Expanding And Diversifying The Pool Of Undergraduates Who Study Economics: Insights From A New Introductory Course At Harvard
Journal Of Economic Education
Economics does not attract as broad or diverse a pool of talent as it could. For example, women comprise less than one-third of economics bachelor’s degree recipients, significantly lower than in math or statistics. The authors present a case study of a new introductory economics course that enrolled 400 students, achieved nearly 50–50 gender balance, and was among the highest-rated courses at Harvard. They summarize the course’s content and pedagogy, illustrate how this approach differs from traditional courses, and identify elements of the approach that appear to underlie its success: personal connection, real-world exposure, scientific inquiry, career value, and social relevance. They conclude by discussing how these ideas for improving economics instruction could be applied in other courses and tested empirically in future research.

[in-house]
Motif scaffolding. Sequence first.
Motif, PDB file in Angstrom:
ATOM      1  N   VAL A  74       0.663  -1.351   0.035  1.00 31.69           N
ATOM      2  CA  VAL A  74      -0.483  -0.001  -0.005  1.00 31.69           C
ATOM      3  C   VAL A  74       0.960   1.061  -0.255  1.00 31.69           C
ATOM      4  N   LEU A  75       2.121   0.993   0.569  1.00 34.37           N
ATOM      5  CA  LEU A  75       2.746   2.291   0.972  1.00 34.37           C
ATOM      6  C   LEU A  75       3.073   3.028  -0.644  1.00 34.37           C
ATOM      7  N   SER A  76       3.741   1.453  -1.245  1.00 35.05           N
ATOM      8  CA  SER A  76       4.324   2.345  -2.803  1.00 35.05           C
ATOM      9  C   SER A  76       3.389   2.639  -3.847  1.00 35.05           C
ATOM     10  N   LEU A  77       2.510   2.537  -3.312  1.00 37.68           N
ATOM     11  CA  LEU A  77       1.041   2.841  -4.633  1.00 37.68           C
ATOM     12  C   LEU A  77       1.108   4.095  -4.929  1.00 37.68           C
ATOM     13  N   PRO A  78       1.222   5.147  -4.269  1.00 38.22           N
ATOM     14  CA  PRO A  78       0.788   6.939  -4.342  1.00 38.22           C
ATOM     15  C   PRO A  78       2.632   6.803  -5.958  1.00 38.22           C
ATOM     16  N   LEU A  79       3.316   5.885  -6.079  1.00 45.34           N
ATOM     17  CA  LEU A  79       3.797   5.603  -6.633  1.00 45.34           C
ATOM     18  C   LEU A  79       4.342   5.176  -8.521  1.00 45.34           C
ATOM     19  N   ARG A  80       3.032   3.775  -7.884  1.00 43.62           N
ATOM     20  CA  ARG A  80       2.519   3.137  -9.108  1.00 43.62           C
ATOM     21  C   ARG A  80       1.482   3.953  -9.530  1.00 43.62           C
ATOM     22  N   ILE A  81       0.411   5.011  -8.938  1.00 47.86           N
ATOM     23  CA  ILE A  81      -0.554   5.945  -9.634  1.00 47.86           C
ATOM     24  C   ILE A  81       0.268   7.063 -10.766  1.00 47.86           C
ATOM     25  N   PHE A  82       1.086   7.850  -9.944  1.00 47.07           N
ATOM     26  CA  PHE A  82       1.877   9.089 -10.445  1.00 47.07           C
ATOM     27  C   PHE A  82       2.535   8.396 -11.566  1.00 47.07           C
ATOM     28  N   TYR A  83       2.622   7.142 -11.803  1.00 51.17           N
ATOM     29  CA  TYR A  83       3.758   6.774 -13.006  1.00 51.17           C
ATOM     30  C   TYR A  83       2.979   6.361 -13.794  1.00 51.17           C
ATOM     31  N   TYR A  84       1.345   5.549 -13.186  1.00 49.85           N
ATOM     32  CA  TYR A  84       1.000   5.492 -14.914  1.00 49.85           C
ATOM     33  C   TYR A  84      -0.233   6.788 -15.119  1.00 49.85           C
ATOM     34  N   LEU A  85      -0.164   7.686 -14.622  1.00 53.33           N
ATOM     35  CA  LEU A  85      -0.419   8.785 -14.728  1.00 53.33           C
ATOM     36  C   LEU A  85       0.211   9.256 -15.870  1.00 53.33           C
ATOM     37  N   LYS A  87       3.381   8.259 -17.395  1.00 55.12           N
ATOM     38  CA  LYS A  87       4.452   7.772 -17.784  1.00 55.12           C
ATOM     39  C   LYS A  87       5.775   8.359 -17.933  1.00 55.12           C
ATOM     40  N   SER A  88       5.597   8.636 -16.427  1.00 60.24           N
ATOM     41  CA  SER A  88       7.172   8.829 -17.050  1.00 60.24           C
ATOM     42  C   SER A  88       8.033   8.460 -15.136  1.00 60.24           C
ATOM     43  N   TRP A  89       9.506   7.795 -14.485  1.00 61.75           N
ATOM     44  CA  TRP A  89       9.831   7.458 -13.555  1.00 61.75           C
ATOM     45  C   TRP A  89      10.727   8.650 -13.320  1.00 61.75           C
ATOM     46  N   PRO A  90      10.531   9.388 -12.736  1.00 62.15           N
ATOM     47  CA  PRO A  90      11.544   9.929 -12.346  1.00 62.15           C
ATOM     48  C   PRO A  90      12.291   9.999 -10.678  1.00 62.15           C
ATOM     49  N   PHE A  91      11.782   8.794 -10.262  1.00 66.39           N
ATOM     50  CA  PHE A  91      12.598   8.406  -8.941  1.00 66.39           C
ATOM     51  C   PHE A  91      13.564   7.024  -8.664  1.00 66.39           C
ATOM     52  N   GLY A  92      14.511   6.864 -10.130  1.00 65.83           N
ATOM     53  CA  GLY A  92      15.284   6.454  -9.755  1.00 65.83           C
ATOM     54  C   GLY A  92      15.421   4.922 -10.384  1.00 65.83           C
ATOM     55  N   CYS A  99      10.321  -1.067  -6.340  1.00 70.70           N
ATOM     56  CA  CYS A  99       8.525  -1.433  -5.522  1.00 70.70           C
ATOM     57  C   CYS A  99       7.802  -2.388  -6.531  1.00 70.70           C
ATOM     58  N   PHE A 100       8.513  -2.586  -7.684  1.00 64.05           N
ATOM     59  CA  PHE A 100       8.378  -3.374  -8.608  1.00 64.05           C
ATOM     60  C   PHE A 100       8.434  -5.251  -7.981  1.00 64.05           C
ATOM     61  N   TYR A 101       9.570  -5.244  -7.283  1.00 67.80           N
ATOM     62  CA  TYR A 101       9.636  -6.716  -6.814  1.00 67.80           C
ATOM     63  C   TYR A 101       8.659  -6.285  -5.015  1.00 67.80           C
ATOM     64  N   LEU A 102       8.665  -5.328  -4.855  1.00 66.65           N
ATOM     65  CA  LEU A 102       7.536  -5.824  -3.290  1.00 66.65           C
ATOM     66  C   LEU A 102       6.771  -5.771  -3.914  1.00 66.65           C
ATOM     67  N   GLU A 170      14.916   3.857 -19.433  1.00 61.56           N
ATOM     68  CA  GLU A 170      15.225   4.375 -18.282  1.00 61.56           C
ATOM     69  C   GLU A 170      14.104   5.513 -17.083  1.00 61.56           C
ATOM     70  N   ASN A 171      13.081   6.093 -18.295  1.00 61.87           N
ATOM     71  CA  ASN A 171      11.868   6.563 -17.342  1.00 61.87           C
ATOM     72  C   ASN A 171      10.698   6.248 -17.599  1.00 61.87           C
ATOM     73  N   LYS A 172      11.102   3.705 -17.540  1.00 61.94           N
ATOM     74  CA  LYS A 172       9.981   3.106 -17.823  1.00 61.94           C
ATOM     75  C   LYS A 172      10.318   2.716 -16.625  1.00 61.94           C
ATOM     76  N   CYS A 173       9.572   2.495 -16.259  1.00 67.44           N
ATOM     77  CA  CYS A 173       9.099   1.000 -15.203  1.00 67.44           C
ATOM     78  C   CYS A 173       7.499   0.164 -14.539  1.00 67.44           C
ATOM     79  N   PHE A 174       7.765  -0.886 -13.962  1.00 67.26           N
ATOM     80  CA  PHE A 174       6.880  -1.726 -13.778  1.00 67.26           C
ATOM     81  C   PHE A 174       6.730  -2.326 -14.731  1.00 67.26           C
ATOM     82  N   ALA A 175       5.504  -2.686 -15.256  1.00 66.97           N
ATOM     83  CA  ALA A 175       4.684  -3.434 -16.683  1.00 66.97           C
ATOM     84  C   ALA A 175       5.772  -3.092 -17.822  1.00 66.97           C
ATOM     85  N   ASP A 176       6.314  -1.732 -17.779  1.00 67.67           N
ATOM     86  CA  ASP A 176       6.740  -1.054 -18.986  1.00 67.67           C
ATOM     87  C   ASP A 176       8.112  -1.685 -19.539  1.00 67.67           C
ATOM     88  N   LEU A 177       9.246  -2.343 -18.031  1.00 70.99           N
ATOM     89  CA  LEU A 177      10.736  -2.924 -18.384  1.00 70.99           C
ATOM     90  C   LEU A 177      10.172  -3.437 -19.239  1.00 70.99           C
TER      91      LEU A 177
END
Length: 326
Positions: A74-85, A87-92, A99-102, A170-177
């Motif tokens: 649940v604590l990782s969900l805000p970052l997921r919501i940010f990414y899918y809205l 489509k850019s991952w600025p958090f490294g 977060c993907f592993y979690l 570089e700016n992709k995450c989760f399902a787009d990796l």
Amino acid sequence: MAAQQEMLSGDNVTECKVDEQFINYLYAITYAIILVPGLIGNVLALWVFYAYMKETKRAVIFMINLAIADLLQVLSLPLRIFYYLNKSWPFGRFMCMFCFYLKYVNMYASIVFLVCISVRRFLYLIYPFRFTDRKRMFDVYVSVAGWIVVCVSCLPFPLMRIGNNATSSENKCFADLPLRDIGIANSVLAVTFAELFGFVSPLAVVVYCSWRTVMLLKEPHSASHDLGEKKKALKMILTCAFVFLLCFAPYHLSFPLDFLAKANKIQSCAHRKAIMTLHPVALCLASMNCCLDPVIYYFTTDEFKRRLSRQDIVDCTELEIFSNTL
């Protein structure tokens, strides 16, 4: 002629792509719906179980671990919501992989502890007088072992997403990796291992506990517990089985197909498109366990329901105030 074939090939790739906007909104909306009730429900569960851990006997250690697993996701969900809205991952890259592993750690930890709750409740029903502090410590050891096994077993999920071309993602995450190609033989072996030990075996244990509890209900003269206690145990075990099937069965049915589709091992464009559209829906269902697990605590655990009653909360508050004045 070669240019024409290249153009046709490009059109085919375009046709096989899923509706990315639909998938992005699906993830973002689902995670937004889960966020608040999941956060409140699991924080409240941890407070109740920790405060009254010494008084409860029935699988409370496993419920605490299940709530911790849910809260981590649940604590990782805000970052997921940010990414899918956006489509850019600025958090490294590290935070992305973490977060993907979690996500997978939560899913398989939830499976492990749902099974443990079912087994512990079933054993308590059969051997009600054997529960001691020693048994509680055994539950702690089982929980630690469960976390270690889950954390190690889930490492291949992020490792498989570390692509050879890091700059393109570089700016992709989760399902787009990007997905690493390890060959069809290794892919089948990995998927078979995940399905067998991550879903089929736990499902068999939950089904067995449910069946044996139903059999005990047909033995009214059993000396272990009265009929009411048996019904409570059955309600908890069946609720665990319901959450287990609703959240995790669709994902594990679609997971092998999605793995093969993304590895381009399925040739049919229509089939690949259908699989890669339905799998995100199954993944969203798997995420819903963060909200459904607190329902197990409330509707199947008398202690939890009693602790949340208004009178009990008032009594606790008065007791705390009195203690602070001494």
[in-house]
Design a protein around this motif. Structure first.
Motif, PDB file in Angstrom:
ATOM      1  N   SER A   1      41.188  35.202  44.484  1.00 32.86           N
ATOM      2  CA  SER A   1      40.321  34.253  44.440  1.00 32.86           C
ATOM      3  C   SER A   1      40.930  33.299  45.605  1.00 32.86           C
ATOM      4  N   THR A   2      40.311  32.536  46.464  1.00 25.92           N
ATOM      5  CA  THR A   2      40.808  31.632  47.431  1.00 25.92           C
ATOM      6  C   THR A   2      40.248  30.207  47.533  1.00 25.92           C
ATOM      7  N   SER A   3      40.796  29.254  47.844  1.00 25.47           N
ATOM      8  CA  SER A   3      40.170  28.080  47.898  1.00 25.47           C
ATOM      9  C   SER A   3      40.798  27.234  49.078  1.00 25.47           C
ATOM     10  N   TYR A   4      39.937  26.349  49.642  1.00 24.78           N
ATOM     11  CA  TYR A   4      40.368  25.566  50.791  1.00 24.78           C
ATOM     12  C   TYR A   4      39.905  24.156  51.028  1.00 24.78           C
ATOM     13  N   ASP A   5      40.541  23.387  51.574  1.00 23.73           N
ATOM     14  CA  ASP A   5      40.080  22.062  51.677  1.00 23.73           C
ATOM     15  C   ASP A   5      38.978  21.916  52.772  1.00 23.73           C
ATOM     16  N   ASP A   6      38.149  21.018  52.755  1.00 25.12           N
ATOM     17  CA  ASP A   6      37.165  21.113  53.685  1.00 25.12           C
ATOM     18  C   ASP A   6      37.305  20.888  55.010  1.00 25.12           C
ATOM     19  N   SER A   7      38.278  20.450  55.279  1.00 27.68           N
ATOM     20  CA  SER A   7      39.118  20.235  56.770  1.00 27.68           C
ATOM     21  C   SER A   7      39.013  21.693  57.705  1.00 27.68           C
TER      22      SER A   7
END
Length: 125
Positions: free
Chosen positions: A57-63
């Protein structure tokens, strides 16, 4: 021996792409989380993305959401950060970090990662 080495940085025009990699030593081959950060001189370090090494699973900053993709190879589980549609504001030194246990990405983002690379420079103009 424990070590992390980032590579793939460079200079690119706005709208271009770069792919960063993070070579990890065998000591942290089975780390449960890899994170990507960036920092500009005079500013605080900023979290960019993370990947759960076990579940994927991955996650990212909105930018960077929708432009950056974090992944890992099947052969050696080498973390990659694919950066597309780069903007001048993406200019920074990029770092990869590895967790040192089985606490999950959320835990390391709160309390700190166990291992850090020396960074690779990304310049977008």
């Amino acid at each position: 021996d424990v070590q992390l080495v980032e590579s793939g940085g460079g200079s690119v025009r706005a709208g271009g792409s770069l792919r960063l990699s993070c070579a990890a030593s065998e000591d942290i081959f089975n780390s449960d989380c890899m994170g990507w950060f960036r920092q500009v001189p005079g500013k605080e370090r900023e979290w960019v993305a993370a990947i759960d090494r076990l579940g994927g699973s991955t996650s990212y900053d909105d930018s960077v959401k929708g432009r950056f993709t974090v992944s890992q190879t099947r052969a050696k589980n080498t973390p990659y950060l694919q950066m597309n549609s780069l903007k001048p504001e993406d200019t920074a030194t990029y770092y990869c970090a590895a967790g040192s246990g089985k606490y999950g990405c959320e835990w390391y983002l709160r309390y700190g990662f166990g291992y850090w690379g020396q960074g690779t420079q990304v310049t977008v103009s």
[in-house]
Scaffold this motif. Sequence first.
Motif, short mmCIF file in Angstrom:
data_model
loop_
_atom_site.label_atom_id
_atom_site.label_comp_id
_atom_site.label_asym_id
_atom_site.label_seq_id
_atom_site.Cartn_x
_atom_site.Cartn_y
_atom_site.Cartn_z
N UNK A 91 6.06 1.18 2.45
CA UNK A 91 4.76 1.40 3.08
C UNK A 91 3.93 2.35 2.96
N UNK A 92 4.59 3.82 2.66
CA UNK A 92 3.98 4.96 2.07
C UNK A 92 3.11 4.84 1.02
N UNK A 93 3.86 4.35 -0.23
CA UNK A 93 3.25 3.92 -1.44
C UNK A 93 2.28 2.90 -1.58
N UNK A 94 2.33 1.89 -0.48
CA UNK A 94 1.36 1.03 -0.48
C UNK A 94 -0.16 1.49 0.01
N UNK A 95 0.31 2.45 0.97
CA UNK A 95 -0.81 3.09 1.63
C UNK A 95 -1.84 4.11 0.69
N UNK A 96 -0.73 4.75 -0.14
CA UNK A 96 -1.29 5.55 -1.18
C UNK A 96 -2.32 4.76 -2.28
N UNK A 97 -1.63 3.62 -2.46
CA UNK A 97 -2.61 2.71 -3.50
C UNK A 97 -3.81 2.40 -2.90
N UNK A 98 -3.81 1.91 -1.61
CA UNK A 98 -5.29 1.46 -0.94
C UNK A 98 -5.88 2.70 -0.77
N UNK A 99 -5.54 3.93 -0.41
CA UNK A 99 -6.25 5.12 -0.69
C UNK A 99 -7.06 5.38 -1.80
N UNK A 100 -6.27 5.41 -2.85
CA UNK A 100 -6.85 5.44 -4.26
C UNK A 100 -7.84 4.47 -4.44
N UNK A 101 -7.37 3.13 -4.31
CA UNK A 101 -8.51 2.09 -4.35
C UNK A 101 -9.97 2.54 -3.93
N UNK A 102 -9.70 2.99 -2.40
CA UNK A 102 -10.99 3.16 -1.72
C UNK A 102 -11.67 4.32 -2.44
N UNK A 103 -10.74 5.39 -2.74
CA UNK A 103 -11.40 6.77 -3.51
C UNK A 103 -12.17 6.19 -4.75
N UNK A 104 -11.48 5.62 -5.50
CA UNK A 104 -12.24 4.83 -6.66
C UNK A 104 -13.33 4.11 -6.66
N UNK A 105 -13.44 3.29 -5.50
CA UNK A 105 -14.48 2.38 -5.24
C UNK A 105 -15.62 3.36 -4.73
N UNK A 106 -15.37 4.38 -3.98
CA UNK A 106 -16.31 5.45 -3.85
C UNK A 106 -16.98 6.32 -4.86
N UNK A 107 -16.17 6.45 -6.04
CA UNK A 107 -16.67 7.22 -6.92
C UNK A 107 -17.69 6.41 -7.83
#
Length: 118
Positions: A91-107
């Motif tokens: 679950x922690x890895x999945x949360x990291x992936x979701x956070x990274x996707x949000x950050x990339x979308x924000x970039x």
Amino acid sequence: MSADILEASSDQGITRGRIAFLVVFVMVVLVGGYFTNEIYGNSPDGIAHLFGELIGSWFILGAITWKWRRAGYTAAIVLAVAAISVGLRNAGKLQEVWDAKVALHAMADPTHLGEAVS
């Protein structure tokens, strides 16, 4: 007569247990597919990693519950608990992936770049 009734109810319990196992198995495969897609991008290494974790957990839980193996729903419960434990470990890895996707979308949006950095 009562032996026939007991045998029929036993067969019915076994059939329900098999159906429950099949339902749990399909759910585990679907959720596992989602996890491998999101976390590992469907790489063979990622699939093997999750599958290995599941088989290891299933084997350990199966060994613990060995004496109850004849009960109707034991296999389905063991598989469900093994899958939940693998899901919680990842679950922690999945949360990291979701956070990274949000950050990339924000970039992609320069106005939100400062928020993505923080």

diversity, gender, inclusion, race, undergraduate economic education
Amanda Bayer, G. Bruich, R. Chetty, and A. Housiaux.
"Expanding And Diversifying The Pool Of Undergraduates Who Study Economics: Insights From A New Introductory Course At Harvard".
Journal Of Economic Education.